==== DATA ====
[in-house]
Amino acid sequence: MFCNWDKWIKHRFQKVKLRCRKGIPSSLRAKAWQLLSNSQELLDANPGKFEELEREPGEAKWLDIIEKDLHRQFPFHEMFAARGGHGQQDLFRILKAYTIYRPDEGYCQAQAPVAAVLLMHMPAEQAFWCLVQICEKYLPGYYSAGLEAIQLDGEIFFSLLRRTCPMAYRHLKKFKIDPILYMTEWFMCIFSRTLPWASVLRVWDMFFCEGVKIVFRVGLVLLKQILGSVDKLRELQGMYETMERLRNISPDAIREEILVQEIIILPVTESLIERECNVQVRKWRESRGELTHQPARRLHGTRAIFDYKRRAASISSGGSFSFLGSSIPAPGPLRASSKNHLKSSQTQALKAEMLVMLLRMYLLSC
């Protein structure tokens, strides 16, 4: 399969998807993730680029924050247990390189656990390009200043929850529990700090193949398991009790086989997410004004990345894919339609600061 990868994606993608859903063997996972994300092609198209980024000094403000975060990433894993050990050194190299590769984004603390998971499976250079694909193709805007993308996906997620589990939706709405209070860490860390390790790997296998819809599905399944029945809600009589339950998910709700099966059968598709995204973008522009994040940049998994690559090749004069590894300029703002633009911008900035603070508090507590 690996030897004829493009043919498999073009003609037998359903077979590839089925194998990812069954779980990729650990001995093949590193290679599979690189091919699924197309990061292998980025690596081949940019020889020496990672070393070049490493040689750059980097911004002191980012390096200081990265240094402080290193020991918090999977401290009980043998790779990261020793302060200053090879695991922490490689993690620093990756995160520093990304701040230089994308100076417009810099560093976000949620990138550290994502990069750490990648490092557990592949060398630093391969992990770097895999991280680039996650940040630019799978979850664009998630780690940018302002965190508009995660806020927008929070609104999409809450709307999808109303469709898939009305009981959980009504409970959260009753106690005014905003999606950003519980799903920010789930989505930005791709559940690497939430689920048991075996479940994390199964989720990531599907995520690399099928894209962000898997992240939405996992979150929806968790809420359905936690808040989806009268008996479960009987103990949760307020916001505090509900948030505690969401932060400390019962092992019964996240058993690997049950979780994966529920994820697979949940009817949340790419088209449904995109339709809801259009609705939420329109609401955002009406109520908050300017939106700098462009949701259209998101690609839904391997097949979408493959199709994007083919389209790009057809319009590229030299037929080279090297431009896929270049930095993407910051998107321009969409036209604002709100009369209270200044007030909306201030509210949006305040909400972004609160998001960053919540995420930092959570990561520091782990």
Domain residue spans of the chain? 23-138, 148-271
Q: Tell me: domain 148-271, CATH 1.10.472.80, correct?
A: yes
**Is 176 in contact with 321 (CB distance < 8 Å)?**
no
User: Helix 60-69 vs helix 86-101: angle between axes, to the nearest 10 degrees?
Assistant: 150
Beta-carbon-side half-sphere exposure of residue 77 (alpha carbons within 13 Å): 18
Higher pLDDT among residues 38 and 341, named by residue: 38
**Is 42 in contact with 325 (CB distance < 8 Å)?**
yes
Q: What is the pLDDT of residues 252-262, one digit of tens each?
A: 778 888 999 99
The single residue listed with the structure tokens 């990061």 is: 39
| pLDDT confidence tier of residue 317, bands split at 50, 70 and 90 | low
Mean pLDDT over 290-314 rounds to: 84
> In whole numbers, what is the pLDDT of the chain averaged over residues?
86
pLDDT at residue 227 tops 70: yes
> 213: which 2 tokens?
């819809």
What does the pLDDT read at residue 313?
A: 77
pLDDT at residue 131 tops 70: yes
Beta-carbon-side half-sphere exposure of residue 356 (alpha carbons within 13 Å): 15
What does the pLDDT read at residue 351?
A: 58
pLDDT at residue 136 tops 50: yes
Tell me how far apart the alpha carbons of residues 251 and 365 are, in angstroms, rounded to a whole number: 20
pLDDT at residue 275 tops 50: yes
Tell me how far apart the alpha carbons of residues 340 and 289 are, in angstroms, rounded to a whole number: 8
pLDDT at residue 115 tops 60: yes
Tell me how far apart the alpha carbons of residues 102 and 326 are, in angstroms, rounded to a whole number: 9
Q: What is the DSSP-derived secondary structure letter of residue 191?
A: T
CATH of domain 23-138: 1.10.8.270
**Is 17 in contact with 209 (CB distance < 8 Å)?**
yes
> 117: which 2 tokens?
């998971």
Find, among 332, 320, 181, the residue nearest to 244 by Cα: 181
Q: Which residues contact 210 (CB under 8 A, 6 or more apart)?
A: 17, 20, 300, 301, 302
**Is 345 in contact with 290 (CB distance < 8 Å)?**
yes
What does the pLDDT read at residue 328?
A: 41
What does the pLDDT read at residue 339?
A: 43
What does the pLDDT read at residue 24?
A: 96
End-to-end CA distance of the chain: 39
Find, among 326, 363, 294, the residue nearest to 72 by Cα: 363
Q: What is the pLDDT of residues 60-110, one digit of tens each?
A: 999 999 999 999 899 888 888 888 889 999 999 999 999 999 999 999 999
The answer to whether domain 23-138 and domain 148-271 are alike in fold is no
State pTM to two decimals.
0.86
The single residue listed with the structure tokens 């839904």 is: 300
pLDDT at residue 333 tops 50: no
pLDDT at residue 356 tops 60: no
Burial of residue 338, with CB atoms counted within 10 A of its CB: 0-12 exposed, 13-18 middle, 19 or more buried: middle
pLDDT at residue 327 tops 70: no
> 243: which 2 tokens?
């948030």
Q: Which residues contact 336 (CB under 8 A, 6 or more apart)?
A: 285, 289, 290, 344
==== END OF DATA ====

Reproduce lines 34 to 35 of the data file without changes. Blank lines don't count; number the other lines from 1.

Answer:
Tell me how far apart the alpha carbons of residues 340 and 289 are, in angstroms, rounded to a whole number: 8
pLDDT at residue 115 tops 60: yes